- Nearly two-thirds of the survey's respondents see Trump's trade policies as negative for overall economic growth.
- A plurality of 48 percent say the steel and aluminum tariffs that the president will implement will result in fewer U.S. jobs overall.
Sparked by the Trump administration's recent tariffs, nearly three-quarters of respondents to the CNBC Fed Survey say they are now worried about a trade war.
Protectionism tops the list of worries on Wall Street, the survey shows, far outpacing concerns over inflation, terrorism and even the Fed itself.
"The market has shifted from a fear of a monetary policy misstep, tightening too aggressively, to a trade policy mistake, escalating into a trade war with China," Art Hogan, chief market strategist at B. Riley FBR, wrote in his response to the survey. "The balance of risk for equities has moved from the Fed to the White House."
Added David Kotok, chairman and chief investment officer of Cumberland Advisors, "One man's income is another man's expenses. No one wins a trade war."
President Donald Trump in recent weeks announced sweeping tariffs on steel and aluminum tariffs, and then exempted Canada and Mexico pending the outcome of talks on the North American Free Trade Agreement. The president has allowed for other exemptions, setting off a flurry of lobbying by countries and companies in the U.S. and abroad. The outcome of the exemption process is unclear so far.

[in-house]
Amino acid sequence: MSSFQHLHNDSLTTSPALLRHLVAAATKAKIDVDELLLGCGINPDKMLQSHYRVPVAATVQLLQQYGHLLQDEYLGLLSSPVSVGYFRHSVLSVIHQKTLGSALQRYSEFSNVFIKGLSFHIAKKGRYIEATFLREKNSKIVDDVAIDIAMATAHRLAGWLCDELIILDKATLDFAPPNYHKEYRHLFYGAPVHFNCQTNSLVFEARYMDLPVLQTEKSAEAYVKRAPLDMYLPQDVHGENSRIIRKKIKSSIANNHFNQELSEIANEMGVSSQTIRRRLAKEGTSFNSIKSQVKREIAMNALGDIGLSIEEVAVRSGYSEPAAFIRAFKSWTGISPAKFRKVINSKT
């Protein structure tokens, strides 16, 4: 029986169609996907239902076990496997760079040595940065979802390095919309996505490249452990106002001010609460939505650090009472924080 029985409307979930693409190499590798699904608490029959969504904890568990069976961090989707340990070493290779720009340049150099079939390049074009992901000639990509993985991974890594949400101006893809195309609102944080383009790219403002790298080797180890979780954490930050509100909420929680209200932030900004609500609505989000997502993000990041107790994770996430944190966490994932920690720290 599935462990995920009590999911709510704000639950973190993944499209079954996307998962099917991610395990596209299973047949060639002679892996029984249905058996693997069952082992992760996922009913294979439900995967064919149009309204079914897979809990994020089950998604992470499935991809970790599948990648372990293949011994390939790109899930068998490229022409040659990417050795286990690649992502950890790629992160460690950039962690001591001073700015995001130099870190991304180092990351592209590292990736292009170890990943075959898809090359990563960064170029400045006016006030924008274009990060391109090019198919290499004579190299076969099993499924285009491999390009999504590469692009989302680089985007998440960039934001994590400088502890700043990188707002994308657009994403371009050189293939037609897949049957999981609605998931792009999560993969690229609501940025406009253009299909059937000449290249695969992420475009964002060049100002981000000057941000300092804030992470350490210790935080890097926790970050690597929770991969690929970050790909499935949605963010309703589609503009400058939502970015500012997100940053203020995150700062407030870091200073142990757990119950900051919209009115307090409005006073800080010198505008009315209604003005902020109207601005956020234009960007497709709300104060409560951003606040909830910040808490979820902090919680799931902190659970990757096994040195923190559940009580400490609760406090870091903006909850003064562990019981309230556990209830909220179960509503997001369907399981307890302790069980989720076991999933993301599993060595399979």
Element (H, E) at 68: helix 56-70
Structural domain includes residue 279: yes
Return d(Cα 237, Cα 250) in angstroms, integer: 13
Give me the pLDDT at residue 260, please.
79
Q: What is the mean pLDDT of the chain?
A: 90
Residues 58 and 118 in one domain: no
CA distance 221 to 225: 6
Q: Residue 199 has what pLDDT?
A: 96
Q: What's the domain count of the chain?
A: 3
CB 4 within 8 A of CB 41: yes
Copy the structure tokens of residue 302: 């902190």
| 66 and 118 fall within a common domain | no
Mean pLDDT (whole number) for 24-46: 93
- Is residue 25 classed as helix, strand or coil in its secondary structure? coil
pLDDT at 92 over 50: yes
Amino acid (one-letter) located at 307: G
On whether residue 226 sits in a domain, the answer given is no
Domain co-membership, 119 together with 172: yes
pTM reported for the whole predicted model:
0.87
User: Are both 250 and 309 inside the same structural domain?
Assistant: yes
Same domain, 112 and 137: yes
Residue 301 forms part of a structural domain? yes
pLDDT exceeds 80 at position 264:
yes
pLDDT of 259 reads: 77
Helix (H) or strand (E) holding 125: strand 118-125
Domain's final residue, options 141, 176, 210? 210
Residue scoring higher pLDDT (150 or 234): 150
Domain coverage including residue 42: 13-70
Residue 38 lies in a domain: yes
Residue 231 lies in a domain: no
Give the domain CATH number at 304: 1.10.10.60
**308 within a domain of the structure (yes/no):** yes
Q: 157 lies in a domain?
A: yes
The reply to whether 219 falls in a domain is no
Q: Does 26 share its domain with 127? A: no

Despite the exemptions, nearly two-thirds of the 40 survey respondents, including economists, fund managers and strategists, see the president's trade policies as negative for overall economic growth, with 23 percent saying it's too soon to tell.
"The U.S. economy is doing well, the manufacturing sector is gaining ground, the economy is at full employment, but inflation pressures are rising," said John Ryding, chief economist at RDQ Economics. "I couldn't imagine a worse time to impose tariffs."
A plurality of 48 percent say the steel and aluminum tariffs that the president will implement will result in fewer U.S. jobs overall, with 35 percent seeing no effect on employment. Just 13 percent said they believe the tariffs will increase jobs.
More than 80 percent said it would be negative for the U.S. to leave NAFTA, including 48 percent who say it would be "very negative."
Significantly, a 48 percent plurality supports the president's handling of the economy overall. Only 23 percent disapprove and 20 percent are neutral. Looking at only the president's supporters on the economy, about half of this group disapprove of his trade policies.
That could suggest that for some, at least, the negative trade policies are outweighed by other presidential initiatives, for example, his tax cuts.
"A trade war could hurt growth, but if productivity rebounds as we think it might, this economic growth cycle and bull market might have more years to run,'' said Ed Keon, chief investment strategist at QMA, a PGIM Company.
Respondents to the survey also marked down their outlook for the S&P 500 in March for the first time since July.